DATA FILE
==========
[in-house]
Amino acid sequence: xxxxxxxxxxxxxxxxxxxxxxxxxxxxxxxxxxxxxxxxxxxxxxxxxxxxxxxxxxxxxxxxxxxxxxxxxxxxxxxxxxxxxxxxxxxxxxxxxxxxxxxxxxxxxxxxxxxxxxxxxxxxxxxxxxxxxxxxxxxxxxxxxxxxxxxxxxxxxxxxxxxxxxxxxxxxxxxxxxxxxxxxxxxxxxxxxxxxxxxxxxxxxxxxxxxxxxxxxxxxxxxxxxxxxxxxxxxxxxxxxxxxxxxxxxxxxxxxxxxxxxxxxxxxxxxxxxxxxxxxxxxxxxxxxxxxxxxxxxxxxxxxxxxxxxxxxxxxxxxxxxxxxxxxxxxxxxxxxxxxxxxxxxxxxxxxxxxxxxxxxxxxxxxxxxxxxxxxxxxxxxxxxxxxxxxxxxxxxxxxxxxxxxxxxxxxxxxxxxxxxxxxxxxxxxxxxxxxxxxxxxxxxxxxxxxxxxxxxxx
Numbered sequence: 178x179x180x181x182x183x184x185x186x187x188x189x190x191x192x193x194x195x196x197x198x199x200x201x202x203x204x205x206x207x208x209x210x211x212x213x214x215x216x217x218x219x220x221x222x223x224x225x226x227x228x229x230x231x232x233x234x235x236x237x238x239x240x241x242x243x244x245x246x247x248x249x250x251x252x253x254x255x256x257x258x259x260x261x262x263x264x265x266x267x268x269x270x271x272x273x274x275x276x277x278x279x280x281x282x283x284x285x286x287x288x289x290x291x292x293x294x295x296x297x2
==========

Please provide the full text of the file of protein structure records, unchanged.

[in-house]
Amino acid sequence: xxxxxxxxxxxxxxxxxxxxxxxxxxxxxxxxxxxxxxxxxxxxxxxxxxxxxxxxxxxxxxxxxxxxxxxxxxxxxxxxxxxxxxxxxxxxxxxxxxxxxxxxxxxxxxxxxxxxxxxxxxxxxxxxxxxxxxxxxxxxxxxxxxxxxxxxxxxxxxxxxxxxxxxxxxxxxxxxxxxxxxxxxxxxxxxxxxxxxxxxxxxxxxxxxxxxxxxxxxxxxxxxxxxxxxxxxxxxxxxxxxxxxxxxxxxxxxxxxxxxxxxxxxxxxxxxxxxxxxxxxxxxxxxxxxxxxxxxxxxxxxxxxxxxxxxxxxxxxxxxxxxxxxxxxxxxxxxxxxxxxxxxxxxxxxxxxxxxxxxxxxxxxxxxxxxxxxxxxxxxxxxxxxxxxxxxxxxxxxxxxxxxxxxxxxxxxxxxxxxxxxxxxxxxxxxxxxxxxxxxxxxxxxxxxxxxxxxxxxx
Numbered sequence: 178x179x180x181x182x183x184x185x186x187x188x189x190x191x192x193x194x195x196x197x198x199x200x201x202x203x204x205x206x207x208x209x210x211x212x213x214x215x216x217x218x219x220x221x222x223x224x225x226x227x228x229x230x231x232x233x234x235x236x237x238x239x240x241x242x243x244x245x246x247x248x249x250x251x252x253x254x255x256x257x258x259x260x261x262x263x264x265x266x267x268x269x270x271x272x273x274x275x276x277x278x279x280x281x282x283x284x285x286x287x288x289x290x291x292x293x294x295x296x297x2